I hear the oven click on and then there’s a hissing sound like a snake or like it sounds when I slurp soup, something Daddy tells me not to do. I back up a little on the chair and grab the oven door handle. I can open it, but not all the way because the chair is in the way, but that’s okay, because there’s enough room for me to throw the chicken thighs in, so I stick a fingernail into the plastic cover and rip a hole in it. I take the plastic off; it’s kind of like taking dry glue off my fingers, which always makes me think of dead skin, which I’ve also taken off, only the glue doesn’t hurt. I take the chicken thighs out of the little tray and toss them into the oven. They all land on the bars with the same ca-clunk sound.

I look back at Mommy and Daddy’s door. Like I thought, it’s still closed. I wonder if other people’s parents fight like this. Ben’s parents did it in their way and my parents in their way, but do other parents have their own ways? And do all parents seem to forget their kids when they fight? Do they forget that they’re parents? They just become one person yelling at someone else? How do they change back? When there’s a winner to the fight? It doesn’t feel like anybody wins. Mommy and Daddy don’t always seem happy when they’re done fighting. They’re nicer to each other, but there’s still something bad going on, like they know they’re just going to fight again later. Is that how it is for everyone? When I grow up and have kids, am I going to just go from one fight to the next fight with my wife and forget everything else? I don’t want that to happen, but maybe I can’t stop it.

Something inside the oven crackles. Maybe the ice on the chicken thighs is melting.

Ms. Miller told us a little about her husband a while ago, almost around the same time Ben’s parents were divorcing. That’s the word she used: divorcing. Divorce. She had a divorce, and when she saw Ben was having a hard time, she talked to the class about it. She had her divorce a few years ago. She didn’t have any kids, but she did say it was a hard time and that she was really sad after. She got better, though. It still hurts sometimes, she said, but she’s doing okay, and that’s what she said to Ben, that he would be okay, and all of us would be okay if our parents got a divorce.

There’s a fizzing sound, like the bubbles in soda popping.

I like Ms. Miller. She’s really fun and pretty. I’ve never gotten in trouble with her and I think she likes me a lot. She also likes Mommy and Daddy. When Daddy comes to pick me up from school, he talks to Ms. Miller a lot and they always smile and are happy to see each other. Mommy used to smile at Ms. Miller, too, but the last couple times she’s picked me up, she hasn’t smiled, even though Ms. Miller still smiles. I think Mommy is just tired.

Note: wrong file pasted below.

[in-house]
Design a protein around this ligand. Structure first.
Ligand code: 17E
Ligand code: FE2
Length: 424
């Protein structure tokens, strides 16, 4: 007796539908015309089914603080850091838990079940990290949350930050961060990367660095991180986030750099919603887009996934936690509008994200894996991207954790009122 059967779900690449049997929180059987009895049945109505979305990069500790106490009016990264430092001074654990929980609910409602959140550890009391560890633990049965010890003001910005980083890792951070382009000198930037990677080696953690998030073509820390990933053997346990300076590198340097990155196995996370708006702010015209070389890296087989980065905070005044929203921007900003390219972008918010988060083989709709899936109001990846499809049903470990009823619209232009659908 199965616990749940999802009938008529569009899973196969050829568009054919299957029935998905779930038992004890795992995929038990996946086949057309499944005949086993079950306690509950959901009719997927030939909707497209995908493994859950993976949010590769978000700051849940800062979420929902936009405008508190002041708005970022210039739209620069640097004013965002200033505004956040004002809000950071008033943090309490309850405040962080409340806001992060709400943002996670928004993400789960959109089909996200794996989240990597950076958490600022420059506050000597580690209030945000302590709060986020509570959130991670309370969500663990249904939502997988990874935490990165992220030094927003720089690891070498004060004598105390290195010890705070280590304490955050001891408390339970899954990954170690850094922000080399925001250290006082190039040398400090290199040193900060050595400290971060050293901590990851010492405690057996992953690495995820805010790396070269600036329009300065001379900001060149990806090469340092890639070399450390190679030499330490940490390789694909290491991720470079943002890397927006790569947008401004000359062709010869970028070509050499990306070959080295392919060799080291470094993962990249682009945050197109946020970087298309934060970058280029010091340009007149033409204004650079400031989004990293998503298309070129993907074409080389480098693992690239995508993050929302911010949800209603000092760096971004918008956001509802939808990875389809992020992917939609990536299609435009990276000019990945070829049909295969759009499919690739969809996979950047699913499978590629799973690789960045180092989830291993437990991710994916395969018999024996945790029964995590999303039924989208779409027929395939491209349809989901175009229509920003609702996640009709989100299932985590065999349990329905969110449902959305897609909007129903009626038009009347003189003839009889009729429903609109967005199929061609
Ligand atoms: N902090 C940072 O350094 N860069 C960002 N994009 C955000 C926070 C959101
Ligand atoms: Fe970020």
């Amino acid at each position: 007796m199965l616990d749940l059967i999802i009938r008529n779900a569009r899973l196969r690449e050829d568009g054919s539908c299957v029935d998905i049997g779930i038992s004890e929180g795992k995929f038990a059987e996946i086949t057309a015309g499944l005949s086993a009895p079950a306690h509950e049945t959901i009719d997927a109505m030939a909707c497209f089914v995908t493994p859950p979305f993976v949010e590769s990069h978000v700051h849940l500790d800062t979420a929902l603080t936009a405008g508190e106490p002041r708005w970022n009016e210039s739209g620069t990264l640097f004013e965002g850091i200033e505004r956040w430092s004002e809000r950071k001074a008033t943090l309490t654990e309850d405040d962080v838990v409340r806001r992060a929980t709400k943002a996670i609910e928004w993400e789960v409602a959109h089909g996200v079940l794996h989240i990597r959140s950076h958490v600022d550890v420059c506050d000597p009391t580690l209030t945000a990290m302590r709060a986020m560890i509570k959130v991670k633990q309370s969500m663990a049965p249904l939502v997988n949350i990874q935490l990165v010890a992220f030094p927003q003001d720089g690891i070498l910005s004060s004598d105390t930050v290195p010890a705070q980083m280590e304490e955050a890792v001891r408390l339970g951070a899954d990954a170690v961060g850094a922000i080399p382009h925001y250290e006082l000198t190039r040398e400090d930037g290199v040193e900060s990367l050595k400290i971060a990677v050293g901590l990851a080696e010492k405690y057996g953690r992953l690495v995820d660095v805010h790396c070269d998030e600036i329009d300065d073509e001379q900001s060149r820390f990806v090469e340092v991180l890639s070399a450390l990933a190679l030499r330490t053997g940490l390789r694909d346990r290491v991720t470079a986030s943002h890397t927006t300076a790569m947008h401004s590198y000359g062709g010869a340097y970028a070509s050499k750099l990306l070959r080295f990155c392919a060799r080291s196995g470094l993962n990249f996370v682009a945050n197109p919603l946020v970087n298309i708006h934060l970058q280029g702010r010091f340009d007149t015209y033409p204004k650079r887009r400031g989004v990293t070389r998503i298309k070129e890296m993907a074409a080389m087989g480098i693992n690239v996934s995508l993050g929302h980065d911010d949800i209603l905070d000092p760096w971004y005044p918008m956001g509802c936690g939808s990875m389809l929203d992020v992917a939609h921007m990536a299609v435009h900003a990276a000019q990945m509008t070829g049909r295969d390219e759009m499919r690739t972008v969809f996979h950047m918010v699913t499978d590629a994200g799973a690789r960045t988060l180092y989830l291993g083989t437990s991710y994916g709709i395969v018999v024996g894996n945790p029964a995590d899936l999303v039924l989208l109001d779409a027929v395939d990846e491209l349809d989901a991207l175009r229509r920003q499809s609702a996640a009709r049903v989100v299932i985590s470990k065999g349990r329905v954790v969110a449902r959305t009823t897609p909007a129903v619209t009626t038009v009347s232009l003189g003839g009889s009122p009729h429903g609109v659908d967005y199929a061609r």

I feel a little tired now, but I’m still hungry. Something smells like sour and burning. The kitchen feels hotter . . .

Oh no!

I didn’t close the oven door.

It’s not open all the way, but it’s still open, and the smell is coming from it. I climb on the chair and peek inside but can’t for too long because the oven blows hot air into my eyes and it hurts to keep them open. If I just close it, I’m sure it’ll be okay. I step off the chair, but my eyes are still closed because of the hot air, and I slip off the edge and I land on the floor and OWWWWWW my hand squishes under me and it feels flat and dead and OWWWWWW.

I scream louder than I’ve ever screamed before. I roll onto my back and grab my hand with my other hand, but it hurts to touch. I’m crying and crying and my nose fills with snot. I can’t move my hand. It’s dangling and it wobbles. It reminds me of silly putty, stretching it out and out until it’s really big and then you can hold it and swing it back and forth, or like the cheese off a pizza when you take a slice out of the box and some cheese sticks to the other slices. That’s my hand: my hand is the cheese.

“Mommy! Daddy! Help!”

I just want them now. I don’t care about food and I don’t care about them not reading my letters and I don’t care if they’re happy or sad or mad or fighting or not fighting. I just want them. And they’re not coming. Their door is still closed.

I try to stand up. I have to hold the chair so I can stand up all the way, and while I’m near the chair, I push it on the oven door to close it. The whole kitchen smells hot and gross.

I walk over to Mommy and Daddy’s door and I knock with my not-cheese hand. I yell their names again, “Mommy! Daddy! My hand!” I keep knocking and keep knocking but nothing is happening.

So fine.

I reach up for the knob. It takes a little jump, but I grab it and turn it and open the door.

“Mommy, Dadd—”

I can’t talk. I just can’t. I rub my eyes with my good hand and sniff up snot and drop my hands down and just stand there, looking at nothing: just a bed, a dresser, the windows, the curtains, the clothes in the closet, the TV, the laundry and the pictures on the wall.

Mommy and Daddy aren’t in the room.

Nobody’s here.

My notes are under my feet on the floor. One on top of the other on top of the other.


Then blue.

Then red.